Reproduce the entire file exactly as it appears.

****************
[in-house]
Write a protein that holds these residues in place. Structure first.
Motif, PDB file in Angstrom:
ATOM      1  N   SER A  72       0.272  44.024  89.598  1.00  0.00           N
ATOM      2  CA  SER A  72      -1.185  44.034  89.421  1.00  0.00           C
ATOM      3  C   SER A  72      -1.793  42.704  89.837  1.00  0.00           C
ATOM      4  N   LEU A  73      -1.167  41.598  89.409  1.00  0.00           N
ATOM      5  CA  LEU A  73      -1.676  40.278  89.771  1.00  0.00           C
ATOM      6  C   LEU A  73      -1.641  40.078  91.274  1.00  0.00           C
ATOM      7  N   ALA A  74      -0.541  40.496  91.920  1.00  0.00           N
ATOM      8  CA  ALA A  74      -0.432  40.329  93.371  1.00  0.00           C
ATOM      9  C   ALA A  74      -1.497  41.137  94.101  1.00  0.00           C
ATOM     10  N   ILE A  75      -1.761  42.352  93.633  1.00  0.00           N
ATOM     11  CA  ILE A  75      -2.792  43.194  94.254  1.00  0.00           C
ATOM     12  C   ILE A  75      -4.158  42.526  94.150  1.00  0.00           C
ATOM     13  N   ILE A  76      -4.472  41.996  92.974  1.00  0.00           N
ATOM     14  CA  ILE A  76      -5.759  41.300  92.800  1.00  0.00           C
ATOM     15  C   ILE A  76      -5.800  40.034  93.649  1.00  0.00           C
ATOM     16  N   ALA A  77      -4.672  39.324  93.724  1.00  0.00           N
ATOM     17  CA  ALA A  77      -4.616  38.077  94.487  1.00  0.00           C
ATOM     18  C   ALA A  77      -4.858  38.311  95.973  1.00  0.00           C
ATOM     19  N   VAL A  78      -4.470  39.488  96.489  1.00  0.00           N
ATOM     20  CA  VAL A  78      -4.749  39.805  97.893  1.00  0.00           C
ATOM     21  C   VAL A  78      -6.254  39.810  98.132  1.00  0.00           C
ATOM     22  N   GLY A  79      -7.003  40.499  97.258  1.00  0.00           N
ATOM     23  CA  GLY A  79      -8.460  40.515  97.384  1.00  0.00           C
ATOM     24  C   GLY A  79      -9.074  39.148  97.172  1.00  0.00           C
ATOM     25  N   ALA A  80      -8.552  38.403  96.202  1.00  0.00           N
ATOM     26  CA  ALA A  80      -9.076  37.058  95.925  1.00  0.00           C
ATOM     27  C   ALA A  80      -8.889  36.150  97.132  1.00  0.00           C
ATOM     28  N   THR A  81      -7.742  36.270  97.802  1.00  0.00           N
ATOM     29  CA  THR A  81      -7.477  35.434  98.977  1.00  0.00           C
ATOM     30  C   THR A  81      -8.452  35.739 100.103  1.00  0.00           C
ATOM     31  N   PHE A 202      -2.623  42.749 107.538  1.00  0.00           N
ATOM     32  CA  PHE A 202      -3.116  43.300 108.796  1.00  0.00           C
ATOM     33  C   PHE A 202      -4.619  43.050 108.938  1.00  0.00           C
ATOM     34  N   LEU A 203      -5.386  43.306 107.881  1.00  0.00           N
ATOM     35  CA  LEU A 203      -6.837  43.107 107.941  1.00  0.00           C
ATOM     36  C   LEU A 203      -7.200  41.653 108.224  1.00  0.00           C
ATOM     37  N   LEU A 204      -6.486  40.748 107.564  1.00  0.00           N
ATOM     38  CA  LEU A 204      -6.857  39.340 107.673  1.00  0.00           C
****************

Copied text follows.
[in-house]
Write a protein that holds these residues in place. Structure first.
Motif, PDB file in Angstrom:
ATOM      1  N   SER A  72       0.272  44.024  89.598  1.00  0.00           N
ATOM      2  CA  SER A  72      -1.185  44.034  89.421  1.00  0.00           C
ATOM      3  C   SER A  72      -1.793  42.704  89.837  1.00  0.00           C
ATOM      4  N   LEU A  73      -1.167  41.598  89.409  1.00  0.00           N
ATOM      5  CA  LEU A  73      -1.676  40.278  89.771  1.00  0.00           C
ATOM      6  C   LEU A  73      -1.641  40.078  91.274  1.00  0.00           C
ATOM      7  N   ALA A  74      -0.541  40.496  91.920  1.00  0.00           N
ATOM      8  CA  ALA A  74      -0.432  40.329  93.371  1.00  0.00           C
ATOM      9  C   ALA A  74      -1.497  41.137  94.101  1.00  0.00           C
ATOM     10  N   ILE A  75      -1.761  42.352  93.633  1.00  0.00           N
ATOM     11  CA  ILE A  75      -2.792  43.194  94.254  1.00  0.00           C
ATOM     12  C   ILE A  75      -4.158  42.526  94.150  1.00  0.00           C
ATOM     13  N   ILE A  76      -4.472  41.996  92.974  1.00  0.00           N
ATOM     14  CA  ILE A  76      -5.759  41.300  92.800  1.00  0.00           C
ATOM     15  C   ILE A  76      -5.800  40.034  93.649  1.00  0.00           C
ATOM     16  N   ALA A  77      -4.672  39.324  93.724  1.00  0.00           N
ATOM     17  CA  ALA A  77      -4.616  38.077  94.487  1.00  0.00           C
ATOM     18  C   ALA A  77      -4.858  38.311  95.973  1.00  0.00           C
ATOM     19  N   VAL A  78      -4.470  39.488  96.489  1.00  0.00           N
ATOM     20  CA  VAL A  78      -4.749  39.805  97.893  1.00  0.00           C
ATOM     21  C   VAL A  78      -6.254  39.810  98.132  1.00  0.00           C
ATOM     22  N   GLY A  79      -7.003  40.499  97.258  1.00  0.00           N
ATOM     23  CA  GLY A  79      -8.460  40.515  97.384  1.00  0.00           C
ATOM     24  C   GLY A  79      -9.074  39.148  97.172  1.00  0.00           C
ATOM     25  N   ALA A  80      -8.552  38.403  96.202  1.00  0.00           N
ATOM     26  CA  ALA A  80      -9.076  37.058  95.925  1.00  0.00           C
ATOM     27  C   ALA A  80      -8.889  36.150  97.132  1.00  0.00           C
ATOM     28  N   THR A  81      -7.742  36.270  97.802  1.00  0.00           N
ATOM     29  CA  THR A  81      -7.477  35.434  98.977  1.00  0.00           C
ATOM     30  C   THR A  81      -8.452  35.739 100.103  1.00  0.00           C
ATOM     31  N   PHE A 202      -2.623  42.749 107.538  1.00  0.00           N
ATOM     32  CA  PHE A 202      -3.116  43.300 108.796  1.00  0.00           C
ATOM     33  C   PHE A 202      -4.619  43.050 108.938  1.00  0.00           C
ATOM     34  N   LEU A 203      -5.386  43.306 107.881  1.00  0.00           N
ATOM     35  CA  LEU A 203      -6.837  43.107 107.941  1.00  0.00           C
ATOM     36  C   LEU A 203      -7.200  41.653 108.224  1.00  0.00           C
ATOM     37  N   LEU A 204      -6.486  40.748 107.564  1.00  0.00           N
ATOM     38  CA  LEU A 204      -6.857  39.340 107.673  1.00  0.00           C